by Bill Clegg
April 8, 2013 In fiction, Stephen L. Carter's reimagining of Lincoln's presidency and Joshua Henkin's tale of a family's fragmented mourning arrive in paperback. In softcover nonfiction, Bill Clegg recounts his attempt to stay clean, and Tim Kreider lifts the curtain on the human condition.
April 19, 2012 In Portrait of an Addict as a Young Man, Bill Clegg described his addiction to crack and the dramatic spiral of self-destruction that left him nearly broke and suicidal. His latest book, Ninety Days, picks up where that story left off. Clegg talks about his harrowing journey and second chances.
<iframe src="http://www.npr.org/player/embed/150974004/150973747" width="100%" height="290" frameborder="0" scrolling="no">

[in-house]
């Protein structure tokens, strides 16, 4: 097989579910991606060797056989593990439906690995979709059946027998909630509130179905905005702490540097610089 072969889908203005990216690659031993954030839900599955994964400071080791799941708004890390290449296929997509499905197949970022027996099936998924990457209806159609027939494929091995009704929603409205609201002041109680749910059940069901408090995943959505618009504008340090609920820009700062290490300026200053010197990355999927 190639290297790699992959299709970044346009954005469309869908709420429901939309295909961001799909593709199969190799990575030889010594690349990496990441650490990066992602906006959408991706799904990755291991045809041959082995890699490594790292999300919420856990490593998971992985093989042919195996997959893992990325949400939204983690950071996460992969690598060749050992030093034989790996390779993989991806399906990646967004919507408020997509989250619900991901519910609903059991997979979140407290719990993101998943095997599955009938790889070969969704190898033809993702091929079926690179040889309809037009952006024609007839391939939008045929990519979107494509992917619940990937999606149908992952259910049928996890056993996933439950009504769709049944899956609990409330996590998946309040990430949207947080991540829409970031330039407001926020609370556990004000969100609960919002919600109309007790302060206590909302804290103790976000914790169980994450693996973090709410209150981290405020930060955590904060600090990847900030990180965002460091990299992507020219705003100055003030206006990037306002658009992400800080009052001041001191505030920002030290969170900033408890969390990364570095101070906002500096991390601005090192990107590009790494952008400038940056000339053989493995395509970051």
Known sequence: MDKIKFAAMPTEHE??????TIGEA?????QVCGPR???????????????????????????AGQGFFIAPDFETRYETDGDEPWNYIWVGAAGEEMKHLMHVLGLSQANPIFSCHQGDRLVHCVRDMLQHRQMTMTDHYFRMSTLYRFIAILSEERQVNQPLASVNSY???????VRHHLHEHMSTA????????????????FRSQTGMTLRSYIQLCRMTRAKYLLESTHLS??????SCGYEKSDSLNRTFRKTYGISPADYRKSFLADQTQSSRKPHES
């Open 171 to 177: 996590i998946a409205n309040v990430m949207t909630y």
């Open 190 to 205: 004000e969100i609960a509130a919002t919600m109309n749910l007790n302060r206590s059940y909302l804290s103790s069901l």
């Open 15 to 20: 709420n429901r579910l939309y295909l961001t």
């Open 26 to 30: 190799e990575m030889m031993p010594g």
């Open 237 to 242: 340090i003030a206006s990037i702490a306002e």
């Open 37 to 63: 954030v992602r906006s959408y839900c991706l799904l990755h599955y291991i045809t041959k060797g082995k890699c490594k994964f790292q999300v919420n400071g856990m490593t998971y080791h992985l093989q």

August 17, 2011 Fiction ranges from Mona Simpson's look at mommies and nannies in Hollywood to Julia Stuart's tale of an English menagerie to Barry Eisler's newest Ben Treven thriller. In nonfiction, there's Siddhartha Mukherjee's Pulitzer Prize-winning "biography of cancer" and a memoir by Bill Clegg.
June 26, 2010 By the time Bill Clegg reached his mid-30s, he had checked all the boxes that would allow him to be defined as a success. But there was something else: Bill Clegg was a crack addict. His new book, Portrait of an Addict as a Young Man, tells the story of an addiction that almost cost him everything.
<iframe src="http://www.npr.org/player/embed/128133233/128134609" width="100%" height="290" frameborder="0" scrolling="no">
NPR thanks our sponsors
Become an NPR sponsor
Support The Programs You Love